Pollutants and Modern Building Materials

Many things contribute towards air conditioning systems being fit for purpose. Here we look at some of the obstacles with modern building materials that offer challenges for high quality indoor air.

Over the past twenty years, there have been two trends in construction. These trends have put significant stresses on indoor environments. Firstly, buildings are much tighter these days as construction methods are energy conscious and modern building materials such as drywall, insulation, and plywood along with tight fitting doors and windows all contribute to a fairly impenetrable environment.

The second trend is the use of synthetic building materials. These have increased in use to include synthetic carpets, plastics, wood composites, sealants, adhesives, and finishes. These factors along with the wide variety of cleaning products, office stationery, products, fibres, and chemicals from office machinery provide most workplaces with ample amounts of airborne chemicals, many of which have not been well studied, either alone or in combinations with other types. Some leading indoor air-quality authorities refer to this unknown mix of airborne compounds as “chemical soup.”

Individuals with allergies, asthma, or strong chemical sensitivities have been noticeably worse since building methods have produced tighter, sealed workspaces.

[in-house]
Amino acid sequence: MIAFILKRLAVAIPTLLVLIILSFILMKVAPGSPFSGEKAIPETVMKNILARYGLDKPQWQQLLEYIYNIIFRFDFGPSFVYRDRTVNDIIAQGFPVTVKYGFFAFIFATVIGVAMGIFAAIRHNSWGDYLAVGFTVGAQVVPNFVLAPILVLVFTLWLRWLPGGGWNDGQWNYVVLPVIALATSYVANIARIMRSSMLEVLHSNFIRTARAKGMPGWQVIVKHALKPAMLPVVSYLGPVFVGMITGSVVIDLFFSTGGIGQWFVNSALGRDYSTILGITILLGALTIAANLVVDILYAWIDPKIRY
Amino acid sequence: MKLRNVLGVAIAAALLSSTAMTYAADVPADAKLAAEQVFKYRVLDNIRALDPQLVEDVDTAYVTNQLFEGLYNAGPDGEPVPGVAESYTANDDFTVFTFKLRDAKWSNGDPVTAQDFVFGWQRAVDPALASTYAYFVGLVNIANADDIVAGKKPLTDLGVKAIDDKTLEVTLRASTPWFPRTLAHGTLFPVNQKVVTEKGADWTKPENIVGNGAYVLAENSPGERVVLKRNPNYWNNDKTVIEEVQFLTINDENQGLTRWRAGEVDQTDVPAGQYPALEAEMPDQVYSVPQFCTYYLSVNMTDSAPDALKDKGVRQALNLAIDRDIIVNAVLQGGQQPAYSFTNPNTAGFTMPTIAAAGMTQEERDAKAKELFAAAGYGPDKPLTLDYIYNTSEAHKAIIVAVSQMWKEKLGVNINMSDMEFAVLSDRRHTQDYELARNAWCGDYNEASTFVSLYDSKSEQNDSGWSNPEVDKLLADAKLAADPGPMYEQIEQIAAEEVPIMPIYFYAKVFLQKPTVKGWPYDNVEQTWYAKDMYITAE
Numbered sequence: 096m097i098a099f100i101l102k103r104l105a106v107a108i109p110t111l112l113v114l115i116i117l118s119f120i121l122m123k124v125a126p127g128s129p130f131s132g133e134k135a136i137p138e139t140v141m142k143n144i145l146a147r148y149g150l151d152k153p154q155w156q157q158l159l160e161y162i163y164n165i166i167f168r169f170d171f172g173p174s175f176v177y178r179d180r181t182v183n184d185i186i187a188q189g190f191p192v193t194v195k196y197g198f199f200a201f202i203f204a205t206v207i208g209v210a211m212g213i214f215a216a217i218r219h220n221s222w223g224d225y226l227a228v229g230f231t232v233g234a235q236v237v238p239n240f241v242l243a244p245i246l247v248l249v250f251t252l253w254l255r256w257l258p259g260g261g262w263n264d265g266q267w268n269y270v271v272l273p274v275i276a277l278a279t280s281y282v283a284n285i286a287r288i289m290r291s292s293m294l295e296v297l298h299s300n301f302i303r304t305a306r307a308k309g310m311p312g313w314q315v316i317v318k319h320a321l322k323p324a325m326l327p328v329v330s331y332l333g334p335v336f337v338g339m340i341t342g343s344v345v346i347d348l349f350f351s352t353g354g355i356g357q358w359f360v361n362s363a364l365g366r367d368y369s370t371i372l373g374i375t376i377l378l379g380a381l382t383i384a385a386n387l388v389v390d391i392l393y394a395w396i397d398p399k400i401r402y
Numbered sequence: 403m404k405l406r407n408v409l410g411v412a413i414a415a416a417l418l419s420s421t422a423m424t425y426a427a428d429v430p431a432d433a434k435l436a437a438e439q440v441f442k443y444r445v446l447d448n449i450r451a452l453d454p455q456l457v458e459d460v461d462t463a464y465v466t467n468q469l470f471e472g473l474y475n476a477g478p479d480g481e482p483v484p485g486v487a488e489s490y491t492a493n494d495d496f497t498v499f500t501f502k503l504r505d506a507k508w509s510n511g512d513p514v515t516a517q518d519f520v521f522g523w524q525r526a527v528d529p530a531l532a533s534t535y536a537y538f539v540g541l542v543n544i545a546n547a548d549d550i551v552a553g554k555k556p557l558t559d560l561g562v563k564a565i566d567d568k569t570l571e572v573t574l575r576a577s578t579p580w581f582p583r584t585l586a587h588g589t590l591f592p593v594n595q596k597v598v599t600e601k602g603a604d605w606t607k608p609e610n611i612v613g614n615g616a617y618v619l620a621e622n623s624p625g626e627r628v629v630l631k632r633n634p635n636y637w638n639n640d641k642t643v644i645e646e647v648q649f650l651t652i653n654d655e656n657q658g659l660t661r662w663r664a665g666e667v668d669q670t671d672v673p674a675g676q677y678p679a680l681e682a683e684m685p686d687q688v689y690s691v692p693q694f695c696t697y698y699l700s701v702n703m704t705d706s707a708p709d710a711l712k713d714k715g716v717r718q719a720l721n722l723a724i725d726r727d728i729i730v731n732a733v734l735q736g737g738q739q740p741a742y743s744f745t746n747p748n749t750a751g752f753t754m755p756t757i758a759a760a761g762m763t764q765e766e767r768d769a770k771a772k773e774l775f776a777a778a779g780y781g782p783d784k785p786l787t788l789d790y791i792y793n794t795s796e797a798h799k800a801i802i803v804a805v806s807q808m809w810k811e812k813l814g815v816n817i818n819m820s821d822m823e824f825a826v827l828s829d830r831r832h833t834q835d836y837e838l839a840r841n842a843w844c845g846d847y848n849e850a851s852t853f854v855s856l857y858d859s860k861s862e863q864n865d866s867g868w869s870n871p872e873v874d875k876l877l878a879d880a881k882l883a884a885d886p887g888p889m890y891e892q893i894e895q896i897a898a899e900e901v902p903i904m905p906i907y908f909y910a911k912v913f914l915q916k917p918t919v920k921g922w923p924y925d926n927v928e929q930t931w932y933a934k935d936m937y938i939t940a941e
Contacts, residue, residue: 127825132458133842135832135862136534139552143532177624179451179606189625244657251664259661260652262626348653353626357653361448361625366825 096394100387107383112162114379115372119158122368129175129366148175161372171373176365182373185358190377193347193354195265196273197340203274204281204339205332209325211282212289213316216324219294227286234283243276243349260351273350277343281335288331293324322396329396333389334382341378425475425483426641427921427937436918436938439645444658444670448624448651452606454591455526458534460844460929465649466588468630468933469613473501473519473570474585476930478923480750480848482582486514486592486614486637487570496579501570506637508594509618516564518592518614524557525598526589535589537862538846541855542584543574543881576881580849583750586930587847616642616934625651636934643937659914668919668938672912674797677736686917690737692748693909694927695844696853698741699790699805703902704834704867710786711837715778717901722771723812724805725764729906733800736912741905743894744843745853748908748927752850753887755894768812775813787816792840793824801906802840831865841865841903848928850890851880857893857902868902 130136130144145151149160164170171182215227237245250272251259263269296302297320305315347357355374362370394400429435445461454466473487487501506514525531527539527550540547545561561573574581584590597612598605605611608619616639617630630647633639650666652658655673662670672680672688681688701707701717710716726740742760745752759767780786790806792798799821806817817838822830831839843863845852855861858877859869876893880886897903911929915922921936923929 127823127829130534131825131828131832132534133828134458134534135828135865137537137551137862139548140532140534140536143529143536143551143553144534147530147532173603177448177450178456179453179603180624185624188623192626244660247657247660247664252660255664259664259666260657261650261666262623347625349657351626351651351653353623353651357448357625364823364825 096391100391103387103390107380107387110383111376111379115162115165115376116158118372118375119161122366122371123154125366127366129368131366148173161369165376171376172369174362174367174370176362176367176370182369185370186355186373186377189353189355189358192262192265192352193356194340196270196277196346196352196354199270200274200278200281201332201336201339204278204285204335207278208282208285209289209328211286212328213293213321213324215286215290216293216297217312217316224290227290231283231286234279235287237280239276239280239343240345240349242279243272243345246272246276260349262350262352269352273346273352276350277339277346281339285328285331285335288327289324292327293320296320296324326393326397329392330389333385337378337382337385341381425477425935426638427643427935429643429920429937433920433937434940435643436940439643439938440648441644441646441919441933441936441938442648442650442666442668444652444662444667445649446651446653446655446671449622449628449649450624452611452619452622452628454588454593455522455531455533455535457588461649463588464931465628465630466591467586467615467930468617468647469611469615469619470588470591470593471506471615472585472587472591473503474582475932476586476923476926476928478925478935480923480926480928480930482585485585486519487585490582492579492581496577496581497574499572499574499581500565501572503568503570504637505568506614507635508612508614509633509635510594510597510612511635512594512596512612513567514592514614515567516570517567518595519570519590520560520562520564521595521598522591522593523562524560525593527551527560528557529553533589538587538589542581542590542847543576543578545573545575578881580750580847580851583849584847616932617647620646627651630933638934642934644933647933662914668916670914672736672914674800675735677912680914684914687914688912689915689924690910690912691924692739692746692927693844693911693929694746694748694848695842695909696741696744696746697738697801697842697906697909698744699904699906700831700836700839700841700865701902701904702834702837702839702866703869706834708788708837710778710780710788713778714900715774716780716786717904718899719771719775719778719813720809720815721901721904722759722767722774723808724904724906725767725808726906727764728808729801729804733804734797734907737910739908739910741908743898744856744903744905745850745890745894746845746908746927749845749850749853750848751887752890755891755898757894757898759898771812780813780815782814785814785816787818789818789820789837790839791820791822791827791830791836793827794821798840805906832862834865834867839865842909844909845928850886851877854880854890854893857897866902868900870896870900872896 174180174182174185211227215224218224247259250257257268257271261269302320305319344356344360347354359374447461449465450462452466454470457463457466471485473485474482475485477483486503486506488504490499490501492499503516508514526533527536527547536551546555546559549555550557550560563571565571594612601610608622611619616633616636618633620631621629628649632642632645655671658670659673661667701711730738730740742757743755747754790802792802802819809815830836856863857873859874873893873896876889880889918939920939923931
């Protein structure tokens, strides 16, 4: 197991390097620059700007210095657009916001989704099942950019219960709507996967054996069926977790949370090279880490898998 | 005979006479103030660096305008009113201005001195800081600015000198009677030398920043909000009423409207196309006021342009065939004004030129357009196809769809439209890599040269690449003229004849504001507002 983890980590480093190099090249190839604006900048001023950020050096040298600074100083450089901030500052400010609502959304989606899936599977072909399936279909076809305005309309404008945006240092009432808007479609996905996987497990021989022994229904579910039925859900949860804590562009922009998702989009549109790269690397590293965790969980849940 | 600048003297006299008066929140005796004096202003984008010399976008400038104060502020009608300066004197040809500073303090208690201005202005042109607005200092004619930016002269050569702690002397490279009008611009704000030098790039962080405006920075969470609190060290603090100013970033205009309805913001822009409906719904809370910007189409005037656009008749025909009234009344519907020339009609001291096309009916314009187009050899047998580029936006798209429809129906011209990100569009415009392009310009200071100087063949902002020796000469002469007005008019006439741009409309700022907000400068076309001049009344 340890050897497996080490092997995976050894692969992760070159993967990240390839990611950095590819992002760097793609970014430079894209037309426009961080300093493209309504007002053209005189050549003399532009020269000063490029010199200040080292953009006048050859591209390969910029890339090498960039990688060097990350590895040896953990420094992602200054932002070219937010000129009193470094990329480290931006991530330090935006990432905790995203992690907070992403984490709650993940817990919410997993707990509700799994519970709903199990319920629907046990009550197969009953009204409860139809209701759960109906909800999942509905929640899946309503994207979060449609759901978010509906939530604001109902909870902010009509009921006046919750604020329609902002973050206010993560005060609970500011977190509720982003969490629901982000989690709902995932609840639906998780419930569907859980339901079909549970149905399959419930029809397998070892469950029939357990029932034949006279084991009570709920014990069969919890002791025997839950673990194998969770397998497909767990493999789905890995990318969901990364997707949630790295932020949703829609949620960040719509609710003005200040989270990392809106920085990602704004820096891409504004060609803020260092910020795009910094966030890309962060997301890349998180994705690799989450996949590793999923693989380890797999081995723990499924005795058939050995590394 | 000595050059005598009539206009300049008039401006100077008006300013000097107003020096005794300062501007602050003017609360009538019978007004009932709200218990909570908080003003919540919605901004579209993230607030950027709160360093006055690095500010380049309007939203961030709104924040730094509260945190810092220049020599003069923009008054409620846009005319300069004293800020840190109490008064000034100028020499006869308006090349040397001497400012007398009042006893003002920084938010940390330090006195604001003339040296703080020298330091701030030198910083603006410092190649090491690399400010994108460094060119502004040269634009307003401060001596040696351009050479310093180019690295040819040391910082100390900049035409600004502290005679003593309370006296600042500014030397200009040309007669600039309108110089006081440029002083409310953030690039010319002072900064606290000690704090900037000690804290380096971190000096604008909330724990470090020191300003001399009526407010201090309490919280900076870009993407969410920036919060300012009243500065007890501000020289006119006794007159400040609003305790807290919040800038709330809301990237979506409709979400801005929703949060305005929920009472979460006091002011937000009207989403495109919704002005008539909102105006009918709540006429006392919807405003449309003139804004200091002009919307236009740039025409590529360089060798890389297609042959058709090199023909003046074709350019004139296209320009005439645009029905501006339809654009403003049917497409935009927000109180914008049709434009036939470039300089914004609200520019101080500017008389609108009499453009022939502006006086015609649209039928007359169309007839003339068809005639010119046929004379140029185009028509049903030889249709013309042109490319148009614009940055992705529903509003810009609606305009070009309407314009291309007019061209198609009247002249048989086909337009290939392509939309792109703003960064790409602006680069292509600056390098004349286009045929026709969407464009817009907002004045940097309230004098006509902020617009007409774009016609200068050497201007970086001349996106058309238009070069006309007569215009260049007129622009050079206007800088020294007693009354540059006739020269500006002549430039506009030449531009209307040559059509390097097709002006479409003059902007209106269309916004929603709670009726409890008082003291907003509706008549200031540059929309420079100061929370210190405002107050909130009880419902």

On average, levels of around twelve common organic pollutants were found to be two to five times higher inside buildings than outside, irrespective of location. Since the average person spends seven to eight hours a day in a place of work, studies concluded that health risks from the indoor environment pose a greater risk to most people than outdoor air pollution.

No environment indoors or outdoors is 100% free of hazardous materials, many of which (like radon, asbestos, and airborne particulates) occur naturally in the environment.

For some indoor air pollutants, like radon, scientists have a precise understanding of the health effects and recognize that that no exposure level is safe. However, the cost of reducing the indoor radon level to zero (below outdoor levels) would be prohibitive for most people, so “cost-effective” solutions that balance costs against perceived health risks are used.

Many outside sources of air pollution can impact on indoor air quality under different conditions including airborne pollen, dust, or fungal (mould) spores; The levels of these particles in outdoor air and thus potentially in indoor air vary widely by season, proximity to source, and building air handling and ventilation equipment design and use. Industrial emissions, vehicle emissions particularly near roads, urban centres, and locations where vehicles may have the engine left on such as loading bays.

How much a business invests in clean indoor air is a matter of personal choice and budget but with good planning, a great deal can be accomplished for a modest investment. This investment in air conditioning systems is beneficial for the occupants and good maintenance will ensure your air conditioning inspections will be trouble free.

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